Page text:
Tony Ward: Schmidt must keep faith with Madigan despite Wolfhounds false step
Whereas the provinces' form has little bearing on the Six Nations, the Wolfhounds' no show at Irish Independent Park is certainly a concern.
I was expecting fireworks; what we got was a damp squib, with the English Saxons winning much more easily than anyone could have anticipated given the strength of the Irish shadow team sent out by Joe Schmidt.
The head coach presented so many fringe players - whether new kids on the block or seasoned campaigners returning from longer term injury - the opportunity to stake their claim for inclusion in the match-day squad for Rome.
Schmidt, though, did not prepare the team himself.
The biggest disappointment for me was that the Saxons looked hungry, and the Wolfhounds did not.
There was a little huffing and puffing early on but not a lot of meaningful structure and certainly little by way of collective intensity compared to those wearing white.
For the vast majority of Wolfhounds in action, last Friday represented a flight missed. . . for now at least.
There were some positives, of course.
Iain Henderson, as for Ulster the previous week, looked the all-embracing back-five forward he already is and the major Test force he is set to become as he stepped up his return from injury.
He is not quite in the brutish Stephen Ferris league just yet with ball in hand, but he's not far short.
I suspect he will be on the bench for Italy, but Devin Toner, Paul O'Connell and Peter O'Mahony too had better watch out - this guy will occupy one of the shirts numbered four to six come August and the lead-in to England 2015.
He may well become a permanent fixture before this Six Nations is out.
Another positive was Sean O'Brien's tailored contribution.
Beyond that, the game created more problems than it solved.
The half-backs weren't so much poor as never in control.
I also still believe, irrespective of Friday's lack of conviction at No 10, that he is still well ahead of Ian Keatley in the race (now sprint) to start at out-half in Rome.
I will be very surprised if Schmidt sees it any differently, although the head coach is very much his own man and is happy to follow his gut instinct.
I rate Keatley but feel that Madigan is just too good an all-round talent to leave out particularly in times of crisis, and, minus Sexton to face the Italians, this is one such time.
Either way, whether Madigan or Keatley starts, it's a no brainer as to what area Jacques Brunel, Sergio Parisse and Co will target.
The 38-man squad named by Schmidt is pretty much on predictable lines.
Jack Conan didn't shine in Cork but he is, like Henderson, very much a tomorrow man who will also be much more centrally positioned come World Cup time. I still believe, given his obvious attributes, that he is close to that step up now.
With Jamie Heaslip away on Ireland duty, he has an opportunity to make an indelible mark at No 8 for Leinster in the coming weeks, and I'm sure he won't be far from Schmidt's thoughts.
In the absence of Sexton and Cian Healy, allied to the doubts over Mike Ross and Gordon D'Arcy (Father Time takes no prisoners) and the long-term injury to Jared Payne, the key decisions are at prop, out-half (although still straightforward in my book) and the centres.
Jack McGrath should start at loosehead with his time out through suspension proving of benefit in terms of appetite.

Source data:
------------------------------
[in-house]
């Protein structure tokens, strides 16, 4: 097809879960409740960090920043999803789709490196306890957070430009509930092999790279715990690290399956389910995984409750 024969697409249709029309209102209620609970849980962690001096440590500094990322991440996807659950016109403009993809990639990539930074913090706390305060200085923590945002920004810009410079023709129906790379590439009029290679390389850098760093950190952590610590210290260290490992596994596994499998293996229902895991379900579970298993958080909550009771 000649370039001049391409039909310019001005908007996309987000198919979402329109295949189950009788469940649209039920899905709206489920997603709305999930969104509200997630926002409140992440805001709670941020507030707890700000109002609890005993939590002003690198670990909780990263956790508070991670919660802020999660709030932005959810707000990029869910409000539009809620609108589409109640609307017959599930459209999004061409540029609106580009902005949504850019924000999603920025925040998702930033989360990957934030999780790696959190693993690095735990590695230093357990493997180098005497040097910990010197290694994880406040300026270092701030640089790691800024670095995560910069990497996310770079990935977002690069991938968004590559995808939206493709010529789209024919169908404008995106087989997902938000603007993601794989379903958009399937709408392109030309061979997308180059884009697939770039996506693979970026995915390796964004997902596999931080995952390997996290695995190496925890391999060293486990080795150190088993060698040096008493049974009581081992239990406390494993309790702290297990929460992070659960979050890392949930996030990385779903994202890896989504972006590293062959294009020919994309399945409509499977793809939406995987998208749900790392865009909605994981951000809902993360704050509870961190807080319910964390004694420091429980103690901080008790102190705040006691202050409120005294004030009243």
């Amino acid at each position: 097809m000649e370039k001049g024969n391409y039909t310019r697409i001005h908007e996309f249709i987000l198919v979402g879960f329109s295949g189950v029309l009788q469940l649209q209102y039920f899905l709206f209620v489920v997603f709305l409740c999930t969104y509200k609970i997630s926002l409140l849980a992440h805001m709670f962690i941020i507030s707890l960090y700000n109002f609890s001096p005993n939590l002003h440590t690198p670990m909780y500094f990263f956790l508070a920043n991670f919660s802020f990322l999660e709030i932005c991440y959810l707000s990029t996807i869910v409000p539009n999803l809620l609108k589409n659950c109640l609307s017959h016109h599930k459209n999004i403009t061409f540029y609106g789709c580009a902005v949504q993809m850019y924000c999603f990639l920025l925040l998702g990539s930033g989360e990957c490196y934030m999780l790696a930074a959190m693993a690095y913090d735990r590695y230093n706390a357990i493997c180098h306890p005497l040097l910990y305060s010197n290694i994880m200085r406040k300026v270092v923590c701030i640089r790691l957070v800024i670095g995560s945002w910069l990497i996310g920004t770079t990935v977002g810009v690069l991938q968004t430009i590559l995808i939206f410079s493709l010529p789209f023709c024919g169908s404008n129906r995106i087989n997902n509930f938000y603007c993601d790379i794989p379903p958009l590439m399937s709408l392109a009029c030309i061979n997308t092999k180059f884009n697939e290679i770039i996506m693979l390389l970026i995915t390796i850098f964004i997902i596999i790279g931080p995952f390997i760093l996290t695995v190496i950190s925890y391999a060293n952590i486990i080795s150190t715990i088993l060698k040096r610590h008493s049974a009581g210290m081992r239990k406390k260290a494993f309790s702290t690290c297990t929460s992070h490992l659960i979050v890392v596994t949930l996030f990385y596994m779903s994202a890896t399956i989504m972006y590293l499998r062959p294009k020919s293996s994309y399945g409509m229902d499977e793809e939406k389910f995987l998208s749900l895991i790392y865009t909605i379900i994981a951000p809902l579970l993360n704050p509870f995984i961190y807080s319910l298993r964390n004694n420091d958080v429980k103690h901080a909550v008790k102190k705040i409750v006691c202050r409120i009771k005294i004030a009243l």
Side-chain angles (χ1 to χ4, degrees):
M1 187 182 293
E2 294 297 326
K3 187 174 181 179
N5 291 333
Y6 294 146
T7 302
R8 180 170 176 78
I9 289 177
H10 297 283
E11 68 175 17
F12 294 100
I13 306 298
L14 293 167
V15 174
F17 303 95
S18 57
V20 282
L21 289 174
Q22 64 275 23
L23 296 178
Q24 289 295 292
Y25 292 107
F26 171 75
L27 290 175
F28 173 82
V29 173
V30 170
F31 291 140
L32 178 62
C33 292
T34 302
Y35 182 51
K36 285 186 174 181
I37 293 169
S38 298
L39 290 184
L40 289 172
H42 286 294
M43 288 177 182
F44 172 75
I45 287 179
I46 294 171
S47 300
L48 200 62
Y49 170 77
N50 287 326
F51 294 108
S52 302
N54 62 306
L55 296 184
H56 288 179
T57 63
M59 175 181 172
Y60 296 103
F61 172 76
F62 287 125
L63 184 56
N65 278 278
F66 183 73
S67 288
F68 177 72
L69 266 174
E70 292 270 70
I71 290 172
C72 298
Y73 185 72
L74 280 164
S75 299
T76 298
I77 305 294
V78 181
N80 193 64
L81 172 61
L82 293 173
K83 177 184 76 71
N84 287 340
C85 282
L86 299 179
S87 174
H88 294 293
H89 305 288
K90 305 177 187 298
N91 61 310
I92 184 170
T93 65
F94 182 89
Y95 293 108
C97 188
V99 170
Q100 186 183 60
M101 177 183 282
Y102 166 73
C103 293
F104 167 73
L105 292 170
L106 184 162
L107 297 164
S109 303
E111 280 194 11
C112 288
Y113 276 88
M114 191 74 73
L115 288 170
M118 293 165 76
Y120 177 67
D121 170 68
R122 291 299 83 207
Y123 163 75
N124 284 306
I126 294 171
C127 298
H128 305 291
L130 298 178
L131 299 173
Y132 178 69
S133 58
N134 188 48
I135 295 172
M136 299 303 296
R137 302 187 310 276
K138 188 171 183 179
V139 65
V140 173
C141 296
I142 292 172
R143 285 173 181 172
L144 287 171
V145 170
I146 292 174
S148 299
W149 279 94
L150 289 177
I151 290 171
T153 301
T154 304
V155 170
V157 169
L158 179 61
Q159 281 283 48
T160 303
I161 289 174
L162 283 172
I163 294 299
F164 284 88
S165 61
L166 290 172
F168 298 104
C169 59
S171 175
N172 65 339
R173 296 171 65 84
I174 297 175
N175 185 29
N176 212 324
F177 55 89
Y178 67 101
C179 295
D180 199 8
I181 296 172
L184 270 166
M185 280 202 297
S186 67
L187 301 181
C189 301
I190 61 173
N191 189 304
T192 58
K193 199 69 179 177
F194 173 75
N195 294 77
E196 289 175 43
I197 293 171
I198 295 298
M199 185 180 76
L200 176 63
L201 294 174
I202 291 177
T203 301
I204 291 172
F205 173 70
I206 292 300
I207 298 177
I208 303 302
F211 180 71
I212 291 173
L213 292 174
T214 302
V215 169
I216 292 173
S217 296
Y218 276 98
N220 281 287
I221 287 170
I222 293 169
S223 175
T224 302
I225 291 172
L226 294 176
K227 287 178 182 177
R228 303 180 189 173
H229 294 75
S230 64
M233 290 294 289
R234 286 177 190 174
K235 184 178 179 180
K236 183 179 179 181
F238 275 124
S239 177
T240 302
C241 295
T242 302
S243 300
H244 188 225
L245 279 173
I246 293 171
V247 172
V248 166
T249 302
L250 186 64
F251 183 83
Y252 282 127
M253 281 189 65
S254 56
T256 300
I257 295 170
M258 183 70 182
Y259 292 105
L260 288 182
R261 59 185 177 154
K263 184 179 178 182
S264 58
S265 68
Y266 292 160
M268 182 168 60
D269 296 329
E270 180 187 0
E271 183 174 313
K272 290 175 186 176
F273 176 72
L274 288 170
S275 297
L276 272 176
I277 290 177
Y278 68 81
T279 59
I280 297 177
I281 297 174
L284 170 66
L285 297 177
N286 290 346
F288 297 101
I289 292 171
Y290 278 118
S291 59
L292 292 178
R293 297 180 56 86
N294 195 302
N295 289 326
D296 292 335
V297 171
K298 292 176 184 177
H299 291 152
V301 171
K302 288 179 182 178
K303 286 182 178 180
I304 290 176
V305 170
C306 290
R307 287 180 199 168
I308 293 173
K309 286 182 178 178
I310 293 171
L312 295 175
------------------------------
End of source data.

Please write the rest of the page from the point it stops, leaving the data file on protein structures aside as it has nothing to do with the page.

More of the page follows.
I would go with Marty Moore at tighthead but I expect it to be the old dog in Ross for the Italian job.
Toner and O'Connell to make up the second-row, with O'Brien starting alongside O'Mahony and Heaslip (on the assumption he is cleared) even if it is only to the hour mark.
Conor Murray will be back to steady the ship at scrum half which will also make life easier for Madigan in the frenetic cauldron that is now the Stadio Olimpico.
Despite the great progress being made by Luke Fitzgerald at outside-centre for Leinster, I expect it to be Payne and Robbie Henshaw, with a fluid arrangement whether wearing 12 or 13. I do not buy into this modern-day boxing of centres to fit a kind of bludgeon/rapier prototype.
Beyond that, despite Schmidt's understandable desire to have the recuperating Dave Kearney on board, brother Rob, Tommy Bowe and Simon Zebo, pick themselves.
Likely team to play Italy: R Kearney (Leinster); T Bowe (Ulster), J Payne (Ulster), R Henshaw (Connacht), S Zebo (Munster); I Madigan (Leinster), C Murray (Munster); J McGrath (Leinster), R Best (Ulster), M Ross (Leinster); D Toner (Leinster), P O'Connell (Munster); P O'Mahony (Munster), S O'Brien (Leinster), J Heaslip (Leinster).
Replacements: S Cronin (Leinster), J Cronin (Munster), M Moore (Leinster), I Henderson (Ulster), J Murphy (Leinster), E Reddan (Leinster), I Keatley (Munster), F Jones (Munster).
Don't judge Azzurri by Italian clubs' struggles
Bearing in mind our experience there two years ago, I urge caution ahead of the trip to Rome, with Italy at home in their opening match before a fanatical crowd in the magnificent amphitheatre that is the Stadio Olimpico.
As the tournament progresses, injury and demoralisation usually take hold and inevitably a bottom two place follows for the Azzurri.
I am not saying it will be any different this time but I am extra wary this time round.
When you consider recent results in Europe like Northampton 67 Treviso 0 or Racing 53 Treviso 7 and Cardiff 104 Rovigo 12, you scratch your head and say what the hell, Ireland should win easily.
But while the Italian sides are struggling in the Champions Cup and Challenge Cup, Italy at Test level is a different beast entirely, under their inspirational skipper Sergio Parisse.
Believe it, because I can assure you they do.